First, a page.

By Ronny Al-Nosir.

It was the best of times, it was the worst of times, it was the age of wisdom, it was the age of foolishness, it was the epoch of belief, it was the epoch of incredulity, it was the season of Light, it was the season of Darkness, it was the spring of hope, it was the winter of despair […].
– Charles Dickens, A Tale of Two Cities (1859)

Those were the famous words used by Charles Dickens to open one of his most celebrated works, the 1859 novel A Tale of Two Cities. The fictional work aimed to highlight the contrasting lifestyles of the rich, wealthy and aristocratic Londoners and the poor, starving, tiers-État in Paris at the time of the French Revolution.

More than 150 years after its publication, those words remain ever salient, as we ready ourselves for the final showdown between Donald Trump and Hillary Clinton. After both the Republican National Convention and the Democratic National Convention, people have witnessed the worst of politics and the best of politics in full display. The good, the bad. Now, there comes a choice.

It can be said without exaggeration this election is one of the most important in the post-WWII era. For the first time in its history, one of the presidential candidates represents a legitimate threat to the very founding principles of the United States: the real-estate-mogul-turned-birth-certificate-conservationist-turned-presidential-candidate Donald J. Trump.

Trump may technically be a candidate for the presidency, but he is the furthest thing from being “presidential.” If you don’t believe me, look no further than President Obama and, well, Trump’s son. Both men, in their respective convention speeches, used the words “this is not the America I know.”

Trump Jr accused the current POTUS of plagiarism, ignoring the fact this same phrase was used by Obama many times during his presidency, as it was during George W. Bush’s time in office, Kofi Annan’s tenure as UN Secretary General, and in the Congressional Record in 1976. After dismissing this absurd charge, there is one thing Jr must realize: if his father becomes president, this will not be the America anyone knows.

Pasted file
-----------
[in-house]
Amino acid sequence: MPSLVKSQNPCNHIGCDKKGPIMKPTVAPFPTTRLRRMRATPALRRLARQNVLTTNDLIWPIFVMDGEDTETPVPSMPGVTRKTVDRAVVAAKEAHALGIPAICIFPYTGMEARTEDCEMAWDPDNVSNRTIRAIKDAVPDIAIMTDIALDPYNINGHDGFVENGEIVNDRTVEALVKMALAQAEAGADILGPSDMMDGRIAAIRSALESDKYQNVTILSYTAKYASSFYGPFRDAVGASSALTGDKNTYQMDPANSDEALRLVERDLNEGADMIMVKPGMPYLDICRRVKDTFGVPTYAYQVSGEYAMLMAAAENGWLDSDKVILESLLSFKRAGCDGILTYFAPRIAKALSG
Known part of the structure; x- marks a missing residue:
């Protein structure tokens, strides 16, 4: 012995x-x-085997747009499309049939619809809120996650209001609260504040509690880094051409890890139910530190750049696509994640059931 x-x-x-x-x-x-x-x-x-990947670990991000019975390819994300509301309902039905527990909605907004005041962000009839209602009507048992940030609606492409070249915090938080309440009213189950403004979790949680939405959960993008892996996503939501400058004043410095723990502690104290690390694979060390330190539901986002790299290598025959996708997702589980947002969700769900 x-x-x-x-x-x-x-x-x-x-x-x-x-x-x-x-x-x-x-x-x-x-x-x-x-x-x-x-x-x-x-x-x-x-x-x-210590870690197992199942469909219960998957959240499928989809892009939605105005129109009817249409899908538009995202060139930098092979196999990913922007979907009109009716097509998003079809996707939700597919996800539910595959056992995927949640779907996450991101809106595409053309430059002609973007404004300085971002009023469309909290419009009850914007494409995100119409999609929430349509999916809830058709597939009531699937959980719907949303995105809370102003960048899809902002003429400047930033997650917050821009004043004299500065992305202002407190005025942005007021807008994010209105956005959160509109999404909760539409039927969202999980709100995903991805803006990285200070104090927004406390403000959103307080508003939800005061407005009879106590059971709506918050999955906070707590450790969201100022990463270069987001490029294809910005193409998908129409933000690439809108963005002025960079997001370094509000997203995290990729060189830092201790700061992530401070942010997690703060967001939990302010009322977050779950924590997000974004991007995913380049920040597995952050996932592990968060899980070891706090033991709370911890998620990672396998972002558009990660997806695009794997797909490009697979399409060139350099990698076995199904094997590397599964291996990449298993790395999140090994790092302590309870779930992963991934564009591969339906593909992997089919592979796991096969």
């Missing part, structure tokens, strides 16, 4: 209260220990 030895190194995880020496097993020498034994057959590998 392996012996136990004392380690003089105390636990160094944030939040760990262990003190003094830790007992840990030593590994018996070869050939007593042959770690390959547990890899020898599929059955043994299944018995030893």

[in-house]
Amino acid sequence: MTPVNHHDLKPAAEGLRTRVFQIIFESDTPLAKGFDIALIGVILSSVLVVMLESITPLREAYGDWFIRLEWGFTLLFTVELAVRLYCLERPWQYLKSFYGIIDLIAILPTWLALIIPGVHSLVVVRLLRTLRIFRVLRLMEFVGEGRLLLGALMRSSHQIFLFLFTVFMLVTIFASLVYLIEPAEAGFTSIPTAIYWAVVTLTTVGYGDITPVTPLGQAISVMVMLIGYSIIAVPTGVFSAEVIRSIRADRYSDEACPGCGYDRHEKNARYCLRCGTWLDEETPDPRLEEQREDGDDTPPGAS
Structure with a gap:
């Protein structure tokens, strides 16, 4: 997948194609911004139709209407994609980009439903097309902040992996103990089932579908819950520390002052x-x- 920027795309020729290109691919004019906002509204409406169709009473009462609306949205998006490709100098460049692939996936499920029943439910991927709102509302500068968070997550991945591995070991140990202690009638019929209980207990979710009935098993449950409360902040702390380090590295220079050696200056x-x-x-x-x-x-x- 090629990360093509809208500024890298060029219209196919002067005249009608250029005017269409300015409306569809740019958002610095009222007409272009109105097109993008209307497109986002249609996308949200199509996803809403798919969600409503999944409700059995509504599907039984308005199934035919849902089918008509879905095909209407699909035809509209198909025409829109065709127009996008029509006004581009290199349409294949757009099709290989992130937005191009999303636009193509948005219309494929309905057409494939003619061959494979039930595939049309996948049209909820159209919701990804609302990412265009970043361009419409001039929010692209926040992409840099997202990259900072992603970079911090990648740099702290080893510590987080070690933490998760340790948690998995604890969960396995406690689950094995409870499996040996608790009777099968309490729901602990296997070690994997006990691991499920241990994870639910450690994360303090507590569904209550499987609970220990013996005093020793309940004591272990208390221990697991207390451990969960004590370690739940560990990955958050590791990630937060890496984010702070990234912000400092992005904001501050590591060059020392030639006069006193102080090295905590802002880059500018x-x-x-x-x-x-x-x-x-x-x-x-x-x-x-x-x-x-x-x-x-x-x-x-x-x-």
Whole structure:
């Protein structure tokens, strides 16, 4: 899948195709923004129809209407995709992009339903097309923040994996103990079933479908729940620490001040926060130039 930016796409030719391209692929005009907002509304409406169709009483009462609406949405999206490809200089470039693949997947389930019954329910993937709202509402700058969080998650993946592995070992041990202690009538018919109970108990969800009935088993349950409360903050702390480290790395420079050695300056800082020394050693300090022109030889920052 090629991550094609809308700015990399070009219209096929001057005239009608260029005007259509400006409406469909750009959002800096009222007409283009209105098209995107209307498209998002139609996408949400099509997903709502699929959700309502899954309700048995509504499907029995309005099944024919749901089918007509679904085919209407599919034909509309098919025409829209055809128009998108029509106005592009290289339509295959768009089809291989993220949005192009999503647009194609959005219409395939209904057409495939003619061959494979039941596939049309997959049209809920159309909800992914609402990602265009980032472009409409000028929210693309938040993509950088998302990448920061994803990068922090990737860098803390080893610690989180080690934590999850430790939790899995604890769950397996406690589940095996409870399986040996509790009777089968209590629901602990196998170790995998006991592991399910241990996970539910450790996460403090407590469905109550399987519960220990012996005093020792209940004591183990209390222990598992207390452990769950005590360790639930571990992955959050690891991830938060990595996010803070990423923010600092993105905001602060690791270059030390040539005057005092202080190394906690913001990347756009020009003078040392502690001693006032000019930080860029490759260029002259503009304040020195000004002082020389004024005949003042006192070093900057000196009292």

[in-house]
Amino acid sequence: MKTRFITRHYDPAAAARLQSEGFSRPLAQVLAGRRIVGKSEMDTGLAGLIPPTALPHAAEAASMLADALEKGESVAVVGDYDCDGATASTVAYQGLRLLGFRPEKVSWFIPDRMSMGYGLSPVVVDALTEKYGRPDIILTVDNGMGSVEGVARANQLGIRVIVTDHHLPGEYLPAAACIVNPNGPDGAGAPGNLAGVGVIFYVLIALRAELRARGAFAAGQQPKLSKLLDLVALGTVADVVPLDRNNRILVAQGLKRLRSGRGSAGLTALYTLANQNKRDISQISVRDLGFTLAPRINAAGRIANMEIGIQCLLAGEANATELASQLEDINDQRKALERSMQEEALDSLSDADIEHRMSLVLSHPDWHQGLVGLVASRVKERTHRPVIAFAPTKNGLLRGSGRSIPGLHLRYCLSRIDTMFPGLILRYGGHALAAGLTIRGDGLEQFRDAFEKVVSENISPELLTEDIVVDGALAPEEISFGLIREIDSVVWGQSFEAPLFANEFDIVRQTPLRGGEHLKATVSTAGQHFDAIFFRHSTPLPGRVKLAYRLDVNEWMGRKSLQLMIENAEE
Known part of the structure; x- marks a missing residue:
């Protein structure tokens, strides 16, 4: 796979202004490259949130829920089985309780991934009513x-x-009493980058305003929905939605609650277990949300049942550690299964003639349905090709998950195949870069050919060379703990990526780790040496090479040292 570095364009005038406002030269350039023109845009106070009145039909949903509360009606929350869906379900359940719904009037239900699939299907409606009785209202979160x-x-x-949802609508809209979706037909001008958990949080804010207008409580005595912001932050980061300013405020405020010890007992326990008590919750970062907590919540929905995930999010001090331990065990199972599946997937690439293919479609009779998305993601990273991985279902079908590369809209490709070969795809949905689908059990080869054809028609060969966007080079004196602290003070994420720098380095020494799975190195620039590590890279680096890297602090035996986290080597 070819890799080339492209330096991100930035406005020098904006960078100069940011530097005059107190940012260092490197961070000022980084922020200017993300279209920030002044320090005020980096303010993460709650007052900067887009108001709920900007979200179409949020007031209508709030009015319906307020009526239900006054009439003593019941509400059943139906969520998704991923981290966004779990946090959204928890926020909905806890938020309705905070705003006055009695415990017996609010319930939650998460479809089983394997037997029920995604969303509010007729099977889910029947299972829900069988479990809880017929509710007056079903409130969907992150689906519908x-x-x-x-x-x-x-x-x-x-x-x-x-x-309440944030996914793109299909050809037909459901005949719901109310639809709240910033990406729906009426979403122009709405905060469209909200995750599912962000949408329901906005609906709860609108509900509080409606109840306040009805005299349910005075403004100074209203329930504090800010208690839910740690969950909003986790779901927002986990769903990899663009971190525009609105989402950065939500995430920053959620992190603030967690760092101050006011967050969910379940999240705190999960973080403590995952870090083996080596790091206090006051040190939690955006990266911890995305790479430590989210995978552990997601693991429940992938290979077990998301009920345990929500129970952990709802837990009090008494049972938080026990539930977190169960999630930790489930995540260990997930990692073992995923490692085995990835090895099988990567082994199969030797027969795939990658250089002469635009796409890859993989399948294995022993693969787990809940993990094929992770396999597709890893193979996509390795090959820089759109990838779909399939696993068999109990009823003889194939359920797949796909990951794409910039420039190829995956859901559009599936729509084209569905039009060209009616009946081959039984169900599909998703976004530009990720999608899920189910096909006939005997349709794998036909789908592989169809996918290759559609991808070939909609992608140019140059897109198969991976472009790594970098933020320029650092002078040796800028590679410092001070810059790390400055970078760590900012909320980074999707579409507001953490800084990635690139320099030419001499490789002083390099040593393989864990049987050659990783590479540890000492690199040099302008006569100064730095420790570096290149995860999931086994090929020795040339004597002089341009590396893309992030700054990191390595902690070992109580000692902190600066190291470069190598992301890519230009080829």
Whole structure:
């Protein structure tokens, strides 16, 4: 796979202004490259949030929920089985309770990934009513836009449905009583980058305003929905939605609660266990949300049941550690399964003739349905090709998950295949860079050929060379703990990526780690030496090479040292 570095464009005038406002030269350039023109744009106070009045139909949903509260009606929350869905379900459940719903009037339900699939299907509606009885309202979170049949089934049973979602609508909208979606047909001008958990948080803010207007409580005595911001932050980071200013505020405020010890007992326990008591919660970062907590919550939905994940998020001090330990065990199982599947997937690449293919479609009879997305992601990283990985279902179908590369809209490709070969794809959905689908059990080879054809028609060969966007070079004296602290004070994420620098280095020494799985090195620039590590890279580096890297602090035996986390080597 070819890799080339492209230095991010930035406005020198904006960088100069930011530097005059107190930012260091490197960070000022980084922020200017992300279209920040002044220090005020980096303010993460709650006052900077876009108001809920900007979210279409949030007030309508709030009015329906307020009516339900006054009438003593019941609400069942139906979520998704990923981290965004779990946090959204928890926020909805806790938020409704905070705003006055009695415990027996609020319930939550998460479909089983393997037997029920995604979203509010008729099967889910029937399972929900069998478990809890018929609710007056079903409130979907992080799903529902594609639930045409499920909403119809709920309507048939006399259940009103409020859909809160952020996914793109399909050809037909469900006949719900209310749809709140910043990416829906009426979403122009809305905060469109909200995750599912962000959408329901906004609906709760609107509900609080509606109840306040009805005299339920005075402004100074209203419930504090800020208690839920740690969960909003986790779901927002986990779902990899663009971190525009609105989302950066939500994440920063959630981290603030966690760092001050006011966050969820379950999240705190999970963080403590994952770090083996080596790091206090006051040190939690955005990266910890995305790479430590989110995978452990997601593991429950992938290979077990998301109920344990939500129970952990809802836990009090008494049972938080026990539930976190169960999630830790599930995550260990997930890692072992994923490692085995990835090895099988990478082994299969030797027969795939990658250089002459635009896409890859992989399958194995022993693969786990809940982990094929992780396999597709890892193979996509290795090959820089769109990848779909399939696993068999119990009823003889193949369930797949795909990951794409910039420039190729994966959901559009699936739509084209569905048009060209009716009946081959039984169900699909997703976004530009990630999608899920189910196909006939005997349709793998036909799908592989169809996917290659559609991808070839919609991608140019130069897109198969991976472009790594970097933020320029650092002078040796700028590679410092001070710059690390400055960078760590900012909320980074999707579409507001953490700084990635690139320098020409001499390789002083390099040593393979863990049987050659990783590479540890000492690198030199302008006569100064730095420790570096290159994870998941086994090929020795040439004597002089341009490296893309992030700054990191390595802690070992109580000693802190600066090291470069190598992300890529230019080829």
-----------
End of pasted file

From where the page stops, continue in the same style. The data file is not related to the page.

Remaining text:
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Donald Trump speaks at the Republican National Convention on July 18, 2016.

There is a historical theory, Thomas Carlyle’s Great Man Theory, which can help explain Trump. Carlyle suggests history is made by a succession of great men who, through good or bad deeds, remake their societies in a positive or negative light.

While logical, this theory was criticized most notably by Herbert Spencer, who found no man can become a Great Man without a proper social context allowing him to rise. “You must admit that the genesis of a great man depends on the long series of complex influences which has produced the race in which he appears and the social state into which that race has slowly grown,” writes Spencer, “Before he can remake his society, his society must make him.” So, for Carlyle, the man maketh society, but Spencer argues the society, in all of its failings, maketh the man.

In the 1930s, a certain German chancellor who-shall-remain-unnamed claimed that only his method could right the wrong that was done to his people, and restore it to its former glory. The context supported his rise: Germany was a smaller country, crushed with sovereign debt, in the wake of the Treaty of Versailles and its war reparations. This punishing state of affairs were considered a diktat by the German people whose frustrations led them to put their trust in one man to correct these wrongs.